Driving in Wet Conditions

As a result of the recent heavy rainfall, wet driving conditions and flooding are something many parts of the country have had to contend with. As well as being severely damaging for the homeowners affected, flooding can also be dangerous to drivers causing all sorts of problems on the roads which can lead to unexpected breakdowns. Below is some advice for how to deal with driving in severely wet conditions:

Heavy Rainfall

In heavy rainfall it’s really important to remember to at least double your stopping distance as road surfaces will be slippy and always use your headlights if visibility is less than 100m as stated in the Highway Code.

If you do breakdown in heavy rain, refrain from opening the bonnet if it’s possible as a significant amount of water on the engine can be damaging. Wait for the experts from Breakdown Direct to arrive before attempting to solve the problem.

Standing Water/Flood Water

Never drive through fast moving flood water

It’s always the best option to avoid driving through standing water if possible. However, if you have to go through it, always take it very slowly, drive in a low gear and do not stop until you have got through the water completely. Driving fast can cause water to get into your engine and have costly consequences.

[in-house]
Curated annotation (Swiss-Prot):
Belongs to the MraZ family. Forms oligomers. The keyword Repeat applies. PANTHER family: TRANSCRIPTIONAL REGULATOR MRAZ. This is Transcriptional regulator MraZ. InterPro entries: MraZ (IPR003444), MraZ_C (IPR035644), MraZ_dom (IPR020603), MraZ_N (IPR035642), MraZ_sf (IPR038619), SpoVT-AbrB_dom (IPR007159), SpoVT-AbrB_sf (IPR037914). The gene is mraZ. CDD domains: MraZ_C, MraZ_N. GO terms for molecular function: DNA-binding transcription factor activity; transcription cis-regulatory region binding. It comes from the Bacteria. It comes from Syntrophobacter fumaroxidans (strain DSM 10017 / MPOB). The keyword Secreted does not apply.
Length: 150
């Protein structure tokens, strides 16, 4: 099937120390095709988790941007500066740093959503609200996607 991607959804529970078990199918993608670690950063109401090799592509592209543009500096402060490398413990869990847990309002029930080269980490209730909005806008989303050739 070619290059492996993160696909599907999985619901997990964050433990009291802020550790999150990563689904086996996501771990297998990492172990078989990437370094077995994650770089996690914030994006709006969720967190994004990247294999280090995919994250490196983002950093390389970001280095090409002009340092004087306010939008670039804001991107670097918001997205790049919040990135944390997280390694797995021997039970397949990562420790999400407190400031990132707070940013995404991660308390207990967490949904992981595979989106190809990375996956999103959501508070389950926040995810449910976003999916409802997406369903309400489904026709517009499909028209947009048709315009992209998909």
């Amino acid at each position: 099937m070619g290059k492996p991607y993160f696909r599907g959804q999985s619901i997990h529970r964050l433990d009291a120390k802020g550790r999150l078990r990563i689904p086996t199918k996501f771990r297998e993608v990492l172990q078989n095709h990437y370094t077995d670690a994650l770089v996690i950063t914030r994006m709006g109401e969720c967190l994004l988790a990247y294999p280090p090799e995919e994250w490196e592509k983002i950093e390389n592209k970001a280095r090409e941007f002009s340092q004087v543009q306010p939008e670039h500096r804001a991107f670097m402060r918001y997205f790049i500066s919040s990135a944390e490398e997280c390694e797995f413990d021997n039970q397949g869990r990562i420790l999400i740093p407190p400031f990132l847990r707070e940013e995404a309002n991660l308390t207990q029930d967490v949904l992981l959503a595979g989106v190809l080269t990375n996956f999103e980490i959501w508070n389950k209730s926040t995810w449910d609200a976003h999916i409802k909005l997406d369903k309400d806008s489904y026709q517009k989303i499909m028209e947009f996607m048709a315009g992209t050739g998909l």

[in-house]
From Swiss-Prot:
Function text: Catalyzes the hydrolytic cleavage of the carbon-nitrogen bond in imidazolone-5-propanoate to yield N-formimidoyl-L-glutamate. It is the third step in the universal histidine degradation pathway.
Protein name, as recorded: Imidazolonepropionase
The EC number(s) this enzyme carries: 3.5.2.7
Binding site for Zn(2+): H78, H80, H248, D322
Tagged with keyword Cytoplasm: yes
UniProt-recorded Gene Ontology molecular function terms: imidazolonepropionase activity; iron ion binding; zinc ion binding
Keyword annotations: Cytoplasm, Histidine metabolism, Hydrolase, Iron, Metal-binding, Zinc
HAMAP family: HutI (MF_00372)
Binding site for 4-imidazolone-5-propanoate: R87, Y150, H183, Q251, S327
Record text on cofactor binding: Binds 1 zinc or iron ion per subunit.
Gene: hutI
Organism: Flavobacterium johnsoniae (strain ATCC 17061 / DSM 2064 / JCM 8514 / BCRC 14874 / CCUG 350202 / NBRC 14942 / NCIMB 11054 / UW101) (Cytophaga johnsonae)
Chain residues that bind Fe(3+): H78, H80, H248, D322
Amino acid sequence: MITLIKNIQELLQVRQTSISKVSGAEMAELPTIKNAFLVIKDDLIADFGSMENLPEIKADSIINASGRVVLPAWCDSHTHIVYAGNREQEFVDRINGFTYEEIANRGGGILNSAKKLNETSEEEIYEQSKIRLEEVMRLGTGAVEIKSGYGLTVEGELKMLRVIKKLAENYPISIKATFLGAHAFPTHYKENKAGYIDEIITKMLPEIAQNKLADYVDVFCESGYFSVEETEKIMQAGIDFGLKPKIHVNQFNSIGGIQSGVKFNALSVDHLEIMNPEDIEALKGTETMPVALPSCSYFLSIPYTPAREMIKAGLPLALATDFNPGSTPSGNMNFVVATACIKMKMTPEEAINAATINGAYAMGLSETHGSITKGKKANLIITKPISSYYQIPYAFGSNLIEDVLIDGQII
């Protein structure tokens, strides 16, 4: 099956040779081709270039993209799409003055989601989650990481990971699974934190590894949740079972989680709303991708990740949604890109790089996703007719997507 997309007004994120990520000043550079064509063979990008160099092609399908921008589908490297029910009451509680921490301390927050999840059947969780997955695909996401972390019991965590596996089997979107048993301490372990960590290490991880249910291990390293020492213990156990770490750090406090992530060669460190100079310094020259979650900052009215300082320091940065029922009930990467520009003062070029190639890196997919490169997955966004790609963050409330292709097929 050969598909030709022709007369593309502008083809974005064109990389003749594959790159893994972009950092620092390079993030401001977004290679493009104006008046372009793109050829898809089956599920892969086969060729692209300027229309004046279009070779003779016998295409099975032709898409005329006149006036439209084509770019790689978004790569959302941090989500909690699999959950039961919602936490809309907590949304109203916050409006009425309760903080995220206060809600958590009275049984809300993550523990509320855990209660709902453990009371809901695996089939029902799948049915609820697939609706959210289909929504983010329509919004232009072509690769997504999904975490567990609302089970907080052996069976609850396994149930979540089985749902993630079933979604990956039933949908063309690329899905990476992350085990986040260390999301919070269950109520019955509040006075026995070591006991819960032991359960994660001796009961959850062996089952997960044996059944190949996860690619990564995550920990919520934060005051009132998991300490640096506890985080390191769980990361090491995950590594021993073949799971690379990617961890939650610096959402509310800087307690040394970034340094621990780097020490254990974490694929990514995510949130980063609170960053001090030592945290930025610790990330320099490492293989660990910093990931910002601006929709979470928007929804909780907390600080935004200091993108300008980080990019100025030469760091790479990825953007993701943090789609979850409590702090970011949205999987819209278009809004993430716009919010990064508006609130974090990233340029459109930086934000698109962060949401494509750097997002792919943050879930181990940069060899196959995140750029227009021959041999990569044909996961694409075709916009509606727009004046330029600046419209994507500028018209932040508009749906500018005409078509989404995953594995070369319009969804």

Looking out for gullies or dips in the road where flood water will be deeper is wise and easier to avoid if you know the area. If it’s possible to do so, stop and see how other cars navigate the water before progressing – even if just a small amount of water gets into the engine it can be damaging.

Once through the flood water, always dry out your brakes by testing them gently.

Aquaplaning

Avoid Aquaplaning – where the pressure from the water outweighs the pressure of the tyres on the road surface. Aquaplaning can cause a loss of control when steering, braking or accelerating so can be very dangerous as you can potentially completely lose control of your vehicle. To prevent it, check your tyre pressure regularly, ensure you have sufficient tread depth and go very slowly through standing water. If it does happen and you’re effectively surfing on top of the water, resist the urge to break.

It’s always best to be prepared for all eventualities, and with more heavy rain forecast for the beginning of the year, ensuring you have the best breakdown cover from Breakdown Direct is essential.